An Indies Introduce Q&A With Peternelle van Arsdale
Peternelle van Arsdale, a book editor in New York City, is the author of The Beast Is an Animal (Margaret K. McElderry Books/Simon & Schuster), a young adult debut selection for the Winter/Spring 2017 Indies Introduce program and a Spring 2017 Kids’ Indie Next List pick.
The Beast Is an Animal, a haunting and atmospheric novel, follows teenager Alys, who has a secret talent that she must use to save her village from the encroaching darkness.
Katherine Megna-Weber, who served on the Indies Introduce Children’s Debut committee, is a bookseller at Books Inc.’s Laurel Village location in San Francisco. Megna-Weber recently spoke to van Arsdale about her inspiration and writing process for The Beast Is an Animal.
Katherine Megna-Weber: The Beast Is an Animal definitely has a fairy tale feel. Did fairy tales have a big influence on your childhood, and did you have those tales in mind while writing Alys’ story?
Peternelle van Arsdale: Classic fairy tales, particularly those by the Brothers Grimm, were very much an influence on me. I read them over and over as a child, even past the age when I was reading full-length novels. I was fascinated by them and their darkness, their trickiness. The fairy tale I was possibly most obsessed with is “Rumpelstiltskin.” That story packs it all in — abandonment by a parent, greed, deceit, monstrosity, abuse of power. And no one in the tale is pure, not even the young woman who is forced to do the impossible — to spin straw into gold. She makes a promise to a little man who saves her skin, only to betray him in the end in order to marry a powerful man who has threatened her life. But as awful as that powerful man is, he’s a king — and rich — so she’s willing. Everyone thinks Rumpelstiltskin is the monster in that story, and of course he’s no angel, but is he really more monstrous than the king, or the girl’s own father who got her into that mess in the first place? It’s a fascinating story. The idea that goodness and badness exist in all of us — and in places we wouldn’t expect — is inspiring to me.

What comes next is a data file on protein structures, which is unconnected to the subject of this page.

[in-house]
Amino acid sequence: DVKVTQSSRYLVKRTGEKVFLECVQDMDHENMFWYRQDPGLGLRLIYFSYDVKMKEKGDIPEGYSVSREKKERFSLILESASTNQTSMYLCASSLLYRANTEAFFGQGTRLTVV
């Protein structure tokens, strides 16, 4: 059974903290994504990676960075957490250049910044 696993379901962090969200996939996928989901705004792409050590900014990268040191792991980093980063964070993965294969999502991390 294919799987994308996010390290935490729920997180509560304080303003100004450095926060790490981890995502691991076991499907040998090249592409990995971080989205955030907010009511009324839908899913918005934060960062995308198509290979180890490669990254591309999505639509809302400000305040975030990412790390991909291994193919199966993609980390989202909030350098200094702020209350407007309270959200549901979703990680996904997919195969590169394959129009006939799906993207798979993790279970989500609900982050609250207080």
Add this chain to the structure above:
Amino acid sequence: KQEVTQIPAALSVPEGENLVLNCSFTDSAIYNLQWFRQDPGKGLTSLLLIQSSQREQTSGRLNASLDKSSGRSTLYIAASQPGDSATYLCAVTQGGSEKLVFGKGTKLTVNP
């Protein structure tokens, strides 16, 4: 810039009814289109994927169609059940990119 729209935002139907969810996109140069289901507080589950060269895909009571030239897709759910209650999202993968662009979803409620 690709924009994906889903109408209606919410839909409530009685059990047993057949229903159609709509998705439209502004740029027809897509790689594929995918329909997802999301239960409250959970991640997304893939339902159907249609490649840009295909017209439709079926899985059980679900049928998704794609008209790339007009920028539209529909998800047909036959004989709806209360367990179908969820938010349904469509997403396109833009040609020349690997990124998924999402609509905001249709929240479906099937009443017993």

KMW: Throughout the novel, there are several references to females being considered less than their male counterparts. What sort of conversation on gender roles and stereotypes do you hope teen girls (and boys, for that matter) will have after reading your book?
PVA: I like to think my novel is all about perception versus reality — which is what gender roles and stereotypes boil down to. The members of the farming community in my novel assume that girls can’t contribute to the running of a farm. They expect girls to be weaker and less capable. Therefore, a woman who doesn’t give birth to sons is less valued, as are the girls to whom she gives birth. Because of this set of expectations, girls in that community aren’t given the opportunity to prove themselves capable, and so the stereotype continues. We’re creatures of habit who trust the beliefs that are whispered and taught and preached and lectured into our ears from birth. I hope that any number of scenes in my novel will spark conversations about choice and opportunity. What choices and opportunities did the individuals have to be better, to think more broadly, to question authority, to defy expectations? What choices and opportunities do we have in our own lives? What is real versus what is narrow-minded assumption?